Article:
The apostle Paul admonished the Philippians to "do all things without grumbling or disputing; that you may prove yourselves to be blameless and innocent, children of God above reproach in the midst of a crooked and perverse generation, among whom you appear as lights in the world" (Phil. 2:14-15). Christ had earlier said that His disciples were "the light of the world" (Matt. 5:14). In regard to associating with immoral people, Paul said, "I did not at all mean with the immoral people of this world, or with idolaters, for then you would have to go out of the world" (1 Cor. 5: 10). These passages teach that the first century A.D. was a crooked and perverse generation, that a Christian can not possibly remove himself from the world, and that Christians are lights in the world. With all the corruption in the government, the increase of crime far exceeding the proportion of population increase, more and more liberalized laws, and a nonchalant attitude toward authority, who would deny that the twentieth century is a crooked and perverse generation? Since the Christian is in the midst of such a generation, and since he can not get out of the world, he must then let his light so shine among men that they may see his good works, and glorify his Father who is in heaven (Matt. 5:16).
Sometimes godly parents will decide to move to another section of the country so that their children will not have to be raised in an evil environment. Although sin is everywhere and is not sectionalized, it is also true that sin is generally more prevalent in metropolitan areas and where certain environmental influences (such as the movie industry) play an important role in the morals of the inhabitants. In other words, since without people there would be no sin, does it not logically follow that sin is often in proportion to the number of people? Whether one agrees or not with the foregoing statement, the fact still remains that Christians often change location in the interest of their children. Such parents are to be admired for their sincere interest in the well-being of their children. But what about those who stay behind? What about those Christians who do not feel a parental responsibility to move? Can they remain faithful and raise their children to be God-fearing children?
The statement is made in Genesis 6, "Then the Lord saw that the wickedness of man was great on the earth, and that every intent of the thoughts of his heart was only evil continually " (Gen. 6:5). The world had become so wicked that God decided to destroy the earth's inhabitants with a flood. The Hebrew writer states, "By faith Noah, being warned by God about things not yet seen, in reverence prepared an ark for the salvation of his household, by which he condemned the world, and became an heir of the righteousness which is according to faith" (Heb. 11:7). Evidently, Noah and his wife had taught by word and example, and although they were unable to convince the rest of the world to repent, they at least saved their household. How encouraging the story of Noah is to those of us who are living in the midst of a crooked an perverse generation!
About four hundred years after Noah, the herdsmen of Abram and the herdsmen of Lot were striving with one another. Abram devised an amicable solution - a separation of the two families. Lot chose the city of Sodom for a dwelling place (Gen. 13:5-11). God determined to destroy Sodom because of its wickedness (Gen. 18:20-21). The only ones who escaped God's fire and brimstone were Lot, his wife, and their two daughters (Gen. 19:16). Once again, parents reared their children to be God-fearing in spite of the environment.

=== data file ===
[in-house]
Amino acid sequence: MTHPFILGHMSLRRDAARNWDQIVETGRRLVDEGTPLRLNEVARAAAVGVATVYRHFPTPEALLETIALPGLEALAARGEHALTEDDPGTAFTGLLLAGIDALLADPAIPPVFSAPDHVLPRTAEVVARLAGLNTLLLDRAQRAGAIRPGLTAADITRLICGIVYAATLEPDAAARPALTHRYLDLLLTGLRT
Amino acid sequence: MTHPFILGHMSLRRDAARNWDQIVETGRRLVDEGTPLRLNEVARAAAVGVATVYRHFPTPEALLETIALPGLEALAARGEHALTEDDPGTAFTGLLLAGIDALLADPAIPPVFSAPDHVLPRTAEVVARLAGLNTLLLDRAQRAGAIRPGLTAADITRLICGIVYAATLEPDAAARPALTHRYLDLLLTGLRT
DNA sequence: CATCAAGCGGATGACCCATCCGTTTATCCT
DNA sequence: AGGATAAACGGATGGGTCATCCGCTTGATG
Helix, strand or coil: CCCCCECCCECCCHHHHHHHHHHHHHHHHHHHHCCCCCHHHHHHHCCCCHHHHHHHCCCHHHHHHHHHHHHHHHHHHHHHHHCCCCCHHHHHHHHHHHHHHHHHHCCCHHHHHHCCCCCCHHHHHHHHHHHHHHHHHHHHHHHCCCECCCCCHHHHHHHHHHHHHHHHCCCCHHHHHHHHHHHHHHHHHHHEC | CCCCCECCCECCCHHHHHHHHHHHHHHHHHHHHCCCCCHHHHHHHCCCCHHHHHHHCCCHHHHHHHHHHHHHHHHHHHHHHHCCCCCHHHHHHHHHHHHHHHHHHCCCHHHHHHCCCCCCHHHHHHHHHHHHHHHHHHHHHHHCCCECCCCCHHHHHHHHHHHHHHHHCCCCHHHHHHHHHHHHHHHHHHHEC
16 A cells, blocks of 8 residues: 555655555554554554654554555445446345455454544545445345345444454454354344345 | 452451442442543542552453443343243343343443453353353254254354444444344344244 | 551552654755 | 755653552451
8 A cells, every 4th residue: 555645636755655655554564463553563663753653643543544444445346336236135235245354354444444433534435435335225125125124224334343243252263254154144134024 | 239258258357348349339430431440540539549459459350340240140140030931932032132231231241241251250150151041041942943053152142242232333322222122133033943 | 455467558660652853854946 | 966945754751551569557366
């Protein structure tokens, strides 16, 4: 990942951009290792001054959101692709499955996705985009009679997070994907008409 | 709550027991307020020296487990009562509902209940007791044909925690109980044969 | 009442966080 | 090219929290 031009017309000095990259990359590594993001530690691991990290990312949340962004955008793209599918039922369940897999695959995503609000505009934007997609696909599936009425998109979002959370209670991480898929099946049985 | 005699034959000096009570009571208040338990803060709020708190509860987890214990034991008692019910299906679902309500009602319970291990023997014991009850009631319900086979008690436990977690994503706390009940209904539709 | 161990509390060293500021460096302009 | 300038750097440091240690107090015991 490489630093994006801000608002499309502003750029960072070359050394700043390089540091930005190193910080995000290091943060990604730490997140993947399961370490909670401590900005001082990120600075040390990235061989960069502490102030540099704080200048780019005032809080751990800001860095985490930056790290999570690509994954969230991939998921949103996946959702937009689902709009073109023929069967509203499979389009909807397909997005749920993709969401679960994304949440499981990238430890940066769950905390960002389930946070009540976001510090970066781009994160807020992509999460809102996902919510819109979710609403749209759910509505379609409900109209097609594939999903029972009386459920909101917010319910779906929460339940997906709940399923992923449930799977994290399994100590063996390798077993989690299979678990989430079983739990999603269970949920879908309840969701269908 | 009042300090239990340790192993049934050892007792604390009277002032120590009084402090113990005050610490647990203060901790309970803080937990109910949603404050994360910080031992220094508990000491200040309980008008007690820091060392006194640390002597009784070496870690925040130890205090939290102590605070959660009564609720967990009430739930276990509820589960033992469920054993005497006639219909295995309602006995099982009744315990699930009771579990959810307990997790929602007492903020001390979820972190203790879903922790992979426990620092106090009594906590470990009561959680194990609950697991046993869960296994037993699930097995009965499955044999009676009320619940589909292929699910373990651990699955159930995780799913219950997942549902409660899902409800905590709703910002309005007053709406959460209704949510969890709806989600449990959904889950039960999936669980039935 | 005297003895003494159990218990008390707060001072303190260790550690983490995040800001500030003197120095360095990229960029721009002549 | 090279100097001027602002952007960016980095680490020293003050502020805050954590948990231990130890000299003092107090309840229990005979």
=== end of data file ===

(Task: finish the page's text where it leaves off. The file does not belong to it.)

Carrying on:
The incidents of Noah and Lot prove that one can raise his children "in the discipline and instruction of the Lord" even in an unfavorable environment. It may not be easy living in a particular environment, but the responsibility to raise our children in the way in which the Lord directed (Eph. 6:4) is a command to be fulfilled regardless of the environment.
The pendulum usually swings in two extreme positions. There are Christians who never associate with outsiders. They make certain that their friends or children's friends are either Christians or have parents who are Christians. That is one extreme. The other extreme is the "Christians" who never associate with other Christians. These individuals are only seen at services but make no effort and seem to have no desire to associate with other Christians during the week.
The responsibility of the Christian falls somewhere between these two extremes. If Christians never associate with outsiders, how can we convert anyone with the gospel? It was the apostle Paul's practice to enter the synagogue on the Sabbath to preach the gospel. On the other hand, if "Christians" never associate with Christians, the evil influence is going to "rub off." Paul said, "Do not be deceived. Bad company corrupts good morals" (1 Cor. 15:33).
In conclusion, a Christian is to maintain certain moral standards (as based upon God's Word) regardless of where he might be. The Lord has given us very definite instructions concerning how His people must live in a crooked and perverse generation - letting our light shine before men in such a way that they may see our good works and glorify our Father who is in heaven. "Be saved from this perverse generation" (Acts 2:40)!
Guardian of Truth XXVIII: 5, p. 145